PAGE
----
5G – a game changer for factory floors

Posted on 22 Feb 2024 by Joe Bush

Manufacturing value added (MVA) per capita rose from $100 to $532 worldwide over the last three decades, driven by the Internet of Things, and net zero agenda (e.g. gigafactories and EVs). Simultaneously, with more than half of the world’s energy being consumed by the industrial sector, there is an urgent need to double the efficiency of factories around the globe. Fiona Tracey, ADI Managing Director, Industrial Automation at Analog Devices explains.

To do this, factories need to be able to react quickly to shifting needs, customisation and short product lifecycles. They require interchangeable processes and equipment that can be reconfigured, modified and replaced easily with maintenance-free connectors that reduce costs and downtime.

Reaching this level of efficiency requires the ability to communicate faster, more reliably and more securely on the factory floor. This means having timely access to data.

5G can enable this level of efficiency within factories thanks to its high capacity and low latency. While it is not readily available to consumers yet, some of the world’s largest manufacturers are already using 5G to transform the way they make things. They’re doing this through private networks, which give firms control over their own data, ensuring complete privacy from competitors.

Perhaps the biggest benefit of 5G, in terms of productivity, is that it enables manufacturers to add cutting-edge technologies, such as automated robots and IoT devices, into their operations.

In order for digital factories to be successful, machines need to be able to securely sense, measure, and interpret the real world. This requires converting analogue data, including pressure measurements or vibrations, to digital data, to allow for more signal processing.

The highest quality data can be found at what we call the Intelligent Edge. 5G gives us the ability to harness these insights at the Edge and make better decisions, thereby enhancing efficiencies overall.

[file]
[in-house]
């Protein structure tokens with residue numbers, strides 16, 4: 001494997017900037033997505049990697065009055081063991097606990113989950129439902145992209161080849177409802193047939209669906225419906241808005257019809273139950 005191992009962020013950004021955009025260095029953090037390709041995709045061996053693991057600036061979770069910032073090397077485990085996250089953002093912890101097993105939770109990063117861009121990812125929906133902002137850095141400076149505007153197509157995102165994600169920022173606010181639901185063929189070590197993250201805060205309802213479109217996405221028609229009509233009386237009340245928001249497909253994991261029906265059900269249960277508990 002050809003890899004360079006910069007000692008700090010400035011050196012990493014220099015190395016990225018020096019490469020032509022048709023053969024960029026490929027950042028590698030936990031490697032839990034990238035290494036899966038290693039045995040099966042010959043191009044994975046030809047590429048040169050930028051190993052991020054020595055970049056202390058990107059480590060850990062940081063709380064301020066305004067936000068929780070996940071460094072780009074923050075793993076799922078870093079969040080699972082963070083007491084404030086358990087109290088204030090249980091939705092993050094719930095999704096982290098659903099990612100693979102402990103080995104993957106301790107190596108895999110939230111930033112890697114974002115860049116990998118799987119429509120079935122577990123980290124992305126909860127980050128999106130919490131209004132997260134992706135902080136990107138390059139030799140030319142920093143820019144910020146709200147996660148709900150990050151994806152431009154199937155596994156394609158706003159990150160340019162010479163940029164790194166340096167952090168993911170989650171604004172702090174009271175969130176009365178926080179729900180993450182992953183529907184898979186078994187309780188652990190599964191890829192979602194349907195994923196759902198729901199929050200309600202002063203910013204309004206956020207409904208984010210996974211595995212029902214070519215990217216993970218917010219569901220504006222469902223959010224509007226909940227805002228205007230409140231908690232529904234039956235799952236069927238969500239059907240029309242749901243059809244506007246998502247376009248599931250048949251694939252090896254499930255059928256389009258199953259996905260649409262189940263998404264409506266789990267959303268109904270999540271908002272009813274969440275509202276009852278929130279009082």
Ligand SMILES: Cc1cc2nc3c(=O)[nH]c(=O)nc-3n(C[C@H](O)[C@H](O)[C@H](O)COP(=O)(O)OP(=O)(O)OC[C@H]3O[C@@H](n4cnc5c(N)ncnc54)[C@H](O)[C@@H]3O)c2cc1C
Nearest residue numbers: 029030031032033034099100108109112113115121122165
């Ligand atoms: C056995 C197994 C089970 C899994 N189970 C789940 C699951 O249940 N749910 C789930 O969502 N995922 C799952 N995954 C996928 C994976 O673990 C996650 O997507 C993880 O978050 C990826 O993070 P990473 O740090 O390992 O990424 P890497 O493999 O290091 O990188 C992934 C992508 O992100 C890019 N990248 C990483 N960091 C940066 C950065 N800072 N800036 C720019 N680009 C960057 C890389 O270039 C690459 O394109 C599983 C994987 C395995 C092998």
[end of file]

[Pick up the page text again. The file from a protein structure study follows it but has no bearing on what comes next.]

Take a gigafactory, for example. When it comes to battery manufacturing a robot must apply uniform coating requiring a  high degree of precision. This precision can be ensured through data from the Intelligent Edge. The level of finesse enabled by ADI’s technology accounts for as much as a five percent yield improvement, which can be significant for a customer.

5G is also making it safer for humans and machines to work together. Manufacturing processes are faster, more efficient and more cost-effective when humans and robots operate in tandem. 5Gs reliability and speed mean machine-to-machine communication and, increasingly, human-to-machine interaction is vastly improved, reducing the risk of accidents.

Eliminating the need for wired connectivity through 5G also provides the manufacturing environment with a lot more flexibility, in turn, augmenting process automation, remote monitoring, and maintenance and device life cycle management.

Consider a factory, for example, where the physical connectors have disappeared and command instructions are sent wirelessly between robot subsystems, increasing production speed while reducing costs. All of this is possible through a 5G wireless network because it maximises communication, reduces the margin for error (or accidents), and importantly, keeps the technology secure from hackers or malicious entities.

The merits of 5G on the factory floor are obvious, but as with any technology that promises to disrupt the status quo, it will take time, resources, and a concerted effort to ensure all factories can benefit.

The transition from wired to wireless networking is a complex upgrade. Each industrial customer has a unique set of circumstances, from cultural dynamics to financial position to appetite for innovation that sways the organisation ability to make the significant upgrade to wireless.

That said, the number of digital factories will increase rapidly over the next few years as traditional manufacturing facilities come to the end of their life cycles. The COVID-19 pandemic taught many difficult lessons to firms about the risks of too much offshoring. As a result, many are now looking to bring their facilities closer to the customer. This is opening the door to newer, more powerful facilities, underpinned by 5G technology. Once 5G is fully realised, we will be living in a world that holds the potential to dramatically improve life for all.

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